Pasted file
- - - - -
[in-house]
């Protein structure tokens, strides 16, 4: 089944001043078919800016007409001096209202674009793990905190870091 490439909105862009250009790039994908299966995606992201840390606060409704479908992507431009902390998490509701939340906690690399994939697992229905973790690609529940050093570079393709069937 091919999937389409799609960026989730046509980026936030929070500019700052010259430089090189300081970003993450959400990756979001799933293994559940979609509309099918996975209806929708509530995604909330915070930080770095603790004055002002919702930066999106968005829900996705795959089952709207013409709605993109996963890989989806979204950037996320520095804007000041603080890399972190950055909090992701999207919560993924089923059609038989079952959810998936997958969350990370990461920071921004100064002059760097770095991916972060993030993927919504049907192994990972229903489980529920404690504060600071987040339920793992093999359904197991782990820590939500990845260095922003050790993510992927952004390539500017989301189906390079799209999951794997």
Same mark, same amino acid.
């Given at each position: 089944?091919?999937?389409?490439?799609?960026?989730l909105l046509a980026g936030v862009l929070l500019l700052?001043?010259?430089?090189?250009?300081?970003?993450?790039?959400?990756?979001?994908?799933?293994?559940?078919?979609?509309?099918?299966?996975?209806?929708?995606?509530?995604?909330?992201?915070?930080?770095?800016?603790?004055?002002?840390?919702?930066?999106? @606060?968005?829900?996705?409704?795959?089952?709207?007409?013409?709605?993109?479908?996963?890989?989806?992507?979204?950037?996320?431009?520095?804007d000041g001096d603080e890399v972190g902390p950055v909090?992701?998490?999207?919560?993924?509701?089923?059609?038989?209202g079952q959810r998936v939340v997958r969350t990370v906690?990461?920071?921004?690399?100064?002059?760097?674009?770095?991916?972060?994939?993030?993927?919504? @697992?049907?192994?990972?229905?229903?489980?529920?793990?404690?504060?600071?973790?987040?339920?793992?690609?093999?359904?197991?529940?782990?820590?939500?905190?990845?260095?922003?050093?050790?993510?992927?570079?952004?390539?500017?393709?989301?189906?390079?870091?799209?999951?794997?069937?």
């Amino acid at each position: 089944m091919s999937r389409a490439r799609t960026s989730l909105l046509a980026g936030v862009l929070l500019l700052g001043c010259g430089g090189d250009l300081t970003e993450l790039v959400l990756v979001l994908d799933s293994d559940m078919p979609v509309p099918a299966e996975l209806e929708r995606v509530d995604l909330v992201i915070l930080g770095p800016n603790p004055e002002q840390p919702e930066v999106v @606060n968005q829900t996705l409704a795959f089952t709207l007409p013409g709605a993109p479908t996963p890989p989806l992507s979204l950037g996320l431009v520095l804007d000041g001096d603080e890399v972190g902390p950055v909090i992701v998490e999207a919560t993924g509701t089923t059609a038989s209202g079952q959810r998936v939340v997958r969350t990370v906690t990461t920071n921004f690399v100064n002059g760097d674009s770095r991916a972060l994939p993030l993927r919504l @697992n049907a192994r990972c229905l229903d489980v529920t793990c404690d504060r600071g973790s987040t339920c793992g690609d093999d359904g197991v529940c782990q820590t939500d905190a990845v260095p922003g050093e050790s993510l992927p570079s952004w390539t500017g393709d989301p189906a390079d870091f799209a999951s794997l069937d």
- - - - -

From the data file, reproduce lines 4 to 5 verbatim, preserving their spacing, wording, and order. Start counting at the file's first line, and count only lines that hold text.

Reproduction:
């Given at each position: 089944?091919?999937?389409?490439?799609?960026?989730l909105l046509a980026g936030v862009l929070l500019l700052?001043?010259?430089?090189?250009?300081?970003?993450?790039?959400?990756?979001?994908?799933?293994?559940?078919?979609?509309?099918?299966?996975?209806?929708?995606?509530?995604?909330?992201?915070?930080?770095?800016?603790?004055?002002?840390?919702?930066?999106? @606060?968005?829900?996705?409704?795959?089952?709207?007409?013409?709605?993109?479908?996963?890989?989806?992507?979204?950037?996320?431009?520095?804007d000041g001096d603080e890399v972190g902390p950055v909090?992701?998490?999207?919560?993924?509701?089923?059609?038989?209202g079952q959810r998936v939340v997958r969350t990370v906690?990461?920071?921004?690399?100064?002059?760097?674009?770095?991916?972060?994939?993030?993927?919504? @697992?049907?192994?990972?229905?229903?489980?529920?793990?404690?504060?600071?973790?987040?339920?793992?690609?093999?359904?197991?529940?782990?820590?939500?905190?990845?260095?922003?050093?050790?993510?992927?570079?952004?390539?500017?393709?989301?189906?390079?870091?799209?999951?794997?069937?």
């Amino acid at each position: 089944m091919s999937r389409a490439r799609t960026s989730l909105l046509a980026g936030v862009l929070l500019l700052g001043c010259g430089g090189d250009l300081t970003e993450l790039v959400l990756v979001l994908d799933s293994d559940m078919p979609v509309p099918a299966e996975l209806e929708r995606v509530d995604l909330v992201i915070l930080g770095p800016n603790p004055e002002q840390p919702e930066v999106v @606060n968005q829900t996705l409704a795959f089952t709207l007409p013409g709605a993109p479908t996963p890989p989806l992507s979204l950037g996320l431009v520095l804007d000041g001096d603080e890399v972190g902390p950055v909090i992701v998490e999207a919560t993924g509701t089923t059609a038989s209202g079952q959810r998936v939340v997958r969350t990370v906690t990461t920071n921004f690399v100064n002059g760097d674009s770095r991916a972060l994939p993030l993927r919504l @697992n049907a192994r990972c229905l229903d489980v529920t793990c404690d504060r600071g973790s987040t339920c793992g690609d093999d359904g197991v529940c782990q820590t939500d905190a990845v260095p922003g050093e050790s993510l992927p570079s952004w390539t500017g393709d989301p189906a390079d870091f799209a999951s794997l069937d």